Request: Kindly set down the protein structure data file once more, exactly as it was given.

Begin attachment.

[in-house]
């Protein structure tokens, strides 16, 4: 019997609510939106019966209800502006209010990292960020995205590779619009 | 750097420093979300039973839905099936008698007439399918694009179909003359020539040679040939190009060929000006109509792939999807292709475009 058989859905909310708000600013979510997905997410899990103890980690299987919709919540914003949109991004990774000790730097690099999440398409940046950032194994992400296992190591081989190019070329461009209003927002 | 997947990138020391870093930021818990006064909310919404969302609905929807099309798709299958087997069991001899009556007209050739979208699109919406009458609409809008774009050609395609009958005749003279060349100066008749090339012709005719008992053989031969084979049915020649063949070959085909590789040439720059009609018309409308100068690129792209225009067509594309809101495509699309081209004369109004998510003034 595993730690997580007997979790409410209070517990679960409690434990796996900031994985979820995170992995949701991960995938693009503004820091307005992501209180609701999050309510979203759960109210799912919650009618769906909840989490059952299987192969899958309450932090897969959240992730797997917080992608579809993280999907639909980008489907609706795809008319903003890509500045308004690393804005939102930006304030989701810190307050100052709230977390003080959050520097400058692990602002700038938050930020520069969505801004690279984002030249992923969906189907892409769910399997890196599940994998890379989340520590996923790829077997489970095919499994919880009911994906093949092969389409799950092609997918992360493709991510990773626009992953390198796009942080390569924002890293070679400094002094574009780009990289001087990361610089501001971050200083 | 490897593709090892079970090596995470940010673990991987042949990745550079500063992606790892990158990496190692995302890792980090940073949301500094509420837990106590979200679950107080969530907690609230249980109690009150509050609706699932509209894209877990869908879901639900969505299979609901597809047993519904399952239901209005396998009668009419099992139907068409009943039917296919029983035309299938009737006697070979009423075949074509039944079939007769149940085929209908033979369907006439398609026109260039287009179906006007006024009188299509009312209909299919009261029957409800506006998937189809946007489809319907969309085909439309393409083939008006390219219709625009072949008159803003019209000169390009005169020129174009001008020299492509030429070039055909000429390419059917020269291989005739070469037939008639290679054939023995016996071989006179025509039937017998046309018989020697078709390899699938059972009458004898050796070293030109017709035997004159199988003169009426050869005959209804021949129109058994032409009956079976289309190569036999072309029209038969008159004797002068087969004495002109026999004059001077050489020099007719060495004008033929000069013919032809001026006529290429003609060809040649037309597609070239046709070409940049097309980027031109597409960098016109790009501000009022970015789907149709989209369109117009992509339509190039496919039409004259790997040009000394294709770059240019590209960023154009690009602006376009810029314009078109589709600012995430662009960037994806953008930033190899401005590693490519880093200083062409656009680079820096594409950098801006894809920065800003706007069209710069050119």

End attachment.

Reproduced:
[in-house]
């Protein structure tokens, strides 16, 4: 019997609510939106019966209800502006209010990292960020995205590779619009 | 750097420093979300039973839905099936008698007439399918694009179909003359020539040679040939190009060929000006109509792939999807292709475009 058989859905909310708000600013979510997905997410899990103890980690299987919709919540914003949109991004990774000790730097690099999440398409940046950032194994992400296992190591081989190019070329461009209003927002 | 997947990138020391870093930021818990006064909310919404969302609905929807099309798709299958087997069991001899009556007209050739979208699109919406009458609409809008774009050609395609009958005749003279060349100066008749090339012709005719008992053989031969084979049915020649063949070959085909590789040439720059009609018309409308100068690129792209225009067509594309809101495509699309081209004369109004998510003034 595993730690997580007997979790409410209070517990679960409690434990796996900031994985979820995170992995949701991960995938693009503004820091307005992501209180609701999050309510979203759960109210799912919650009618769906909840989490059952299987192969899958309450932090897969959240992730797997917080992608579809993280999907639909980008489907609706795809008319903003890509500045308004690393804005939102930006304030989701810190307050100052709230977390003080959050520097400058692990602002700038938050930020520069969505801004690279984002030249992923969906189907892409769910399997890196599940994998890379989340520590996923790829077997489970095919499994919880009911994906093949092969389409799950092609997918992360493709991510990773626009992953390198796009942080390569924002890293070679400094002094574009780009990289001087990361610089501001971050200083 | 490897593709090892079970090596995470940010673990991987042949990745550079500063992606790892990158990496190692995302890792980090940073949301500094509420837990106590979200679950107080969530907690609230249980109690009150509050609706699932509209894209877990869908879901639900969505299979609901597809047993519904399952239901209005396998009668009419099992139907068409009943039917296919029983035309299938009737006697070979009423075949074509039944079939007769149940085929209908033979369907006439398609026109260039287009179906006007006024009188299509009312209909299919009261029957409800506006998937189809946007489809319907969309085909439309393409083939008006390219219709625009072949008159803003019209000169390009005169020129174009001008020299492509030429070039055909000429390419059917020269291989005739070469037939008639290679054939023995016996071989006179025509039937017998046309018989020697078709390899699938059972009458004898050796070293030109017709035997004159199988003169009426050869005959209804021949129109058994032409009956079976289309190569036999072309029209038969008159004797002068087969004495002109026999004059001077050489020099007719060495004008033929000069013919032809001026006529290429003609060809040649037309597609070239046709070409940049097309980027031109597409960098016109790009501000009022970015789907149709989209369109117009992509339509190039496919039409004259790997040009000394294709770059240019590209960023154009690009602006376009810029314009078109589709600012995430662009960037994806953008930033190899401005590693490519880093200083062409656009680079820096594409950098801006894809920065800003706007069209710069050119």